Here is the latest entry on the blog of Maryland Governor Martin O'Malley. The entire blog can be found here.
This week we celebrate Computer Science Education Week throughout the State of Maryland, and we encourage all of our citizens to participate in the Week’s activities. We also encourage our education stakeholders and their partners to expand access to meaningful professional development for teachers, as well as to expose all students to the concepts of computer science while providing pathways to advanced learning.
As one of the nation’s leaders of the technology industry, Maryland is in a strong position to capitalize on our recent accomplishments. We are making better choices to get better results: we’ve made record investments in our schools; we are the first state in the nation to set specific science, technology, engineering, and math (STEM) education standards; and, we have substantially expanded access to Career and Technical Education in Maryland’s public schools.
The U.S. Chamber of Commerce ranks Maryland as the number one state for entrepreneurship and innovation and one of the top two states for employment in STEM fields. Over the past decade, we have created more STEM jobs than all but five states. Currently, we have 140,000 employees in the technology industry, making an average salary of $82,000. These attractive, high-demand positions are going to increase in number at a rapid rate:
- By 2020, the number of cybersecurity jobs in Maryland is projected to increase by nearly 25 percent, to more than 13,000 jobs;
- By 2020, the number of computer and information technology jobs in Maryland is projected to increase by more than 22 percent, to nearly 77,000 jobs;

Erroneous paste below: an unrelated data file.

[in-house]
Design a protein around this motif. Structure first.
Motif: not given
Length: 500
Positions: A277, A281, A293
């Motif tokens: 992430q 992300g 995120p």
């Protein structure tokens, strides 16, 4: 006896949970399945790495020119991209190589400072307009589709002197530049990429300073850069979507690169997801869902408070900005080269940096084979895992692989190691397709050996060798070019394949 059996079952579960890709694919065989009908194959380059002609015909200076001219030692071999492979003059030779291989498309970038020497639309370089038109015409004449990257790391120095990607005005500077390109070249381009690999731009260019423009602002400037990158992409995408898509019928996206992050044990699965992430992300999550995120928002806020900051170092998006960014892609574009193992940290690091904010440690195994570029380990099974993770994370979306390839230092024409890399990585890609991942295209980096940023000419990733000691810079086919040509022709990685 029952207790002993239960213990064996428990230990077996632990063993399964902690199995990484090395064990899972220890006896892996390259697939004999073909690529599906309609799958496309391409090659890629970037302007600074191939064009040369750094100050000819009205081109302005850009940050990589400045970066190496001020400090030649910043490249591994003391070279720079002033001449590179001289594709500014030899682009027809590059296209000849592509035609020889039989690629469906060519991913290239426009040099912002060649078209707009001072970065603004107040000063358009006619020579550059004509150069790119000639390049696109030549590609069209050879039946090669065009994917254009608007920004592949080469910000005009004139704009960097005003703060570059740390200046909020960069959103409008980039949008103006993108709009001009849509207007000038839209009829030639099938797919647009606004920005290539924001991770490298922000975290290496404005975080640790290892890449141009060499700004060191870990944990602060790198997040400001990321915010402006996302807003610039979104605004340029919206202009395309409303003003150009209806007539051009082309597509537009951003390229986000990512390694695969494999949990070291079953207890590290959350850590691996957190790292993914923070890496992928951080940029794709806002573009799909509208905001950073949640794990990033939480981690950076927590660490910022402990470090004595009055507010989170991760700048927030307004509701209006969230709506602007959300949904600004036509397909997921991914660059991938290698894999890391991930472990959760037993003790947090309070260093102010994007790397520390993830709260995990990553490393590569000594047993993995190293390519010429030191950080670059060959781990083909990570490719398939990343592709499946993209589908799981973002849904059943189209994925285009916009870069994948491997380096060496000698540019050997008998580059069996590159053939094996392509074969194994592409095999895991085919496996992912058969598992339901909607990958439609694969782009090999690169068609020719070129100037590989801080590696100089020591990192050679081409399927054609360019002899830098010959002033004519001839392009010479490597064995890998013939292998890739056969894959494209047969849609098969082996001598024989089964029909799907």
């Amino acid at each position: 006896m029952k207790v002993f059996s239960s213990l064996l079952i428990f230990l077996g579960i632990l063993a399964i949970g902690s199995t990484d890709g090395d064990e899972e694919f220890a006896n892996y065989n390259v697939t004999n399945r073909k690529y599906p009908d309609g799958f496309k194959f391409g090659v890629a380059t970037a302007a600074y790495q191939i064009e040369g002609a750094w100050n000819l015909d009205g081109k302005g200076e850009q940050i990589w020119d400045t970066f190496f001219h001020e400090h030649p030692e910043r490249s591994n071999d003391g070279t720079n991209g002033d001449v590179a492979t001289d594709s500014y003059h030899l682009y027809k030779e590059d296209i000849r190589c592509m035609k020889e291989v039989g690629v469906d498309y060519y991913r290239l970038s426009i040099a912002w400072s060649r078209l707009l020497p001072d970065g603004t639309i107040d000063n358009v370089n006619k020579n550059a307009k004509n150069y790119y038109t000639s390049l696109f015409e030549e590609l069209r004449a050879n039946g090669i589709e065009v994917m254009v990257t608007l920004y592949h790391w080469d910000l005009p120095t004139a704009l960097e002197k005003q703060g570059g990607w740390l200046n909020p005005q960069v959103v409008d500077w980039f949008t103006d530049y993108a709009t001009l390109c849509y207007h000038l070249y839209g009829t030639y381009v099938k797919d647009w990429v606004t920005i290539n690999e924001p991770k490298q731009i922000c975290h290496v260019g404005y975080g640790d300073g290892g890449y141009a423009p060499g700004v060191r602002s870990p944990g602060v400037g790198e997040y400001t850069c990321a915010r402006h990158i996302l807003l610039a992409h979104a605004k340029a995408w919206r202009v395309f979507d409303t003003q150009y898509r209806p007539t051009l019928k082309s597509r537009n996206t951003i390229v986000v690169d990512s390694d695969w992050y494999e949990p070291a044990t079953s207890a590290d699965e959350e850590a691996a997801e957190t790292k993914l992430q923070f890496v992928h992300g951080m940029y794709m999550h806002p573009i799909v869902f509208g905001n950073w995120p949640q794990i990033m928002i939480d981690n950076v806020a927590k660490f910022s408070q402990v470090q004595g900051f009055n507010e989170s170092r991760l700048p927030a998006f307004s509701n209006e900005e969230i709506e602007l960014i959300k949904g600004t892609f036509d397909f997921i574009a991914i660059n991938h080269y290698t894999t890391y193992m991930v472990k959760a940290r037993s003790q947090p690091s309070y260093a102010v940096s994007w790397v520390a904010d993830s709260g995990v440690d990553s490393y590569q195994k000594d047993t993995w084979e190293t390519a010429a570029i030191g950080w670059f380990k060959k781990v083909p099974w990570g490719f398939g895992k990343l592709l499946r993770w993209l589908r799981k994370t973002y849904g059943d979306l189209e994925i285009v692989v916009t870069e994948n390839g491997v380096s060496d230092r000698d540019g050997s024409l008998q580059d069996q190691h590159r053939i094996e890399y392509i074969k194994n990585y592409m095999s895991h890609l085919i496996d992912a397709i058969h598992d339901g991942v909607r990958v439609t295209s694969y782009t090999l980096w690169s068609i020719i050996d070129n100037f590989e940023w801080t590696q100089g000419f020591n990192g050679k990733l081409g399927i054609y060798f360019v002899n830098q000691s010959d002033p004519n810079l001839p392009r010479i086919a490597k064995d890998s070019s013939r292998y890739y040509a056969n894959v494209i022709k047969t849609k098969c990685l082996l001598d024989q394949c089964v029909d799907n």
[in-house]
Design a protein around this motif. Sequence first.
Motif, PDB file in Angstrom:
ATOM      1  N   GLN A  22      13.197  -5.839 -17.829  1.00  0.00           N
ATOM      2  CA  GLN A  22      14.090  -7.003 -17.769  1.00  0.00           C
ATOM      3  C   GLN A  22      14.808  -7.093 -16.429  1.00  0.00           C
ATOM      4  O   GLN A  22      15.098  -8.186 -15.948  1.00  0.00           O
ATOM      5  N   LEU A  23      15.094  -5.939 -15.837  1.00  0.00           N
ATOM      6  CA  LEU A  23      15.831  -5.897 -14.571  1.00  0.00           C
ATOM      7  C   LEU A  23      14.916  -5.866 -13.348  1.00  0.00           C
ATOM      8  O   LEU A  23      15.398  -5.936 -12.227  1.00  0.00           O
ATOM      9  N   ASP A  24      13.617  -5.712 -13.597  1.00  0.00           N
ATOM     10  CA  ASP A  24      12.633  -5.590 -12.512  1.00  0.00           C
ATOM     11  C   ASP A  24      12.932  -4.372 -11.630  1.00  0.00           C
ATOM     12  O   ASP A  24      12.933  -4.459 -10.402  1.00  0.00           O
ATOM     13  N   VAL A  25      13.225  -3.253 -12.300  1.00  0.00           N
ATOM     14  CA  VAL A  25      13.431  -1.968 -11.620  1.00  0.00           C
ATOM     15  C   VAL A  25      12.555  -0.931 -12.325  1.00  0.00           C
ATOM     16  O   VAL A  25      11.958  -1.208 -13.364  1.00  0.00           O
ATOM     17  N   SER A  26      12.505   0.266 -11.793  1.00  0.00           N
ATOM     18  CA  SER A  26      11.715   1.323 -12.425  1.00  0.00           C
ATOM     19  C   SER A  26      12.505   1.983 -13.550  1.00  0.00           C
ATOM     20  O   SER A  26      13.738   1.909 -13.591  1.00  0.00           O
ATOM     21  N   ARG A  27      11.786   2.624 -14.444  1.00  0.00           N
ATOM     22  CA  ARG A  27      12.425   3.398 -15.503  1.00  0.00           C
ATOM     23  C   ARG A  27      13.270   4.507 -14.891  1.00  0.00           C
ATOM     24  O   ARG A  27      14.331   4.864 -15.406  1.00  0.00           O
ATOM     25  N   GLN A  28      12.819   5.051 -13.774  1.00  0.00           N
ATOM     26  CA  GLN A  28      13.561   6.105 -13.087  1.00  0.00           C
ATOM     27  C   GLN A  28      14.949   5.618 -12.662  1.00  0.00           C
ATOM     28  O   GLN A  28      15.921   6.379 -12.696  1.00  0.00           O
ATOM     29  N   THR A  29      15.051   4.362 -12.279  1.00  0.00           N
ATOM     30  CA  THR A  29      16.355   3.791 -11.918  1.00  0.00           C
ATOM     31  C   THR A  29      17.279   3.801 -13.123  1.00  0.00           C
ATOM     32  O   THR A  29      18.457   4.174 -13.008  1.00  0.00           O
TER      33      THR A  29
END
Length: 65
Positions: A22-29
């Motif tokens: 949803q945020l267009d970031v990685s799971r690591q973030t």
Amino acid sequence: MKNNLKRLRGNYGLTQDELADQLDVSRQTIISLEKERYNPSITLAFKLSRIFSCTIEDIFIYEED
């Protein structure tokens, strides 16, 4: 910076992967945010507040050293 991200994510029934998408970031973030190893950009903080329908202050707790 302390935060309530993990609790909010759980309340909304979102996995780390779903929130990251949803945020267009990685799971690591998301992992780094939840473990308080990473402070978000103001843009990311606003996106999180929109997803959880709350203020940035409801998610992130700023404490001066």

- And, Maryland is projected to generate an additional 7,695 job openings in computer science and information technology every year between now and 2020.
This type of growth presents incredible opportunity for our children to succeed in the 21st century marketplace. Now more than ever, it’s imperative that we expand opportunity so our children have the critical skills necessary to achieve their dreams. Computer Science Education Week is just one of the ways we’re making sure that our students are the best prepared in America. From being number one in the nation in Advanced Placement success, to being the first state in the nation to set specific STEM education standards, to launching Skills2Compete, we’re making better choices and getting the right results for Maryland families. This week, take the opportunity to learn a new computer skill and join us in working to make Maryland a great place to live and learn.
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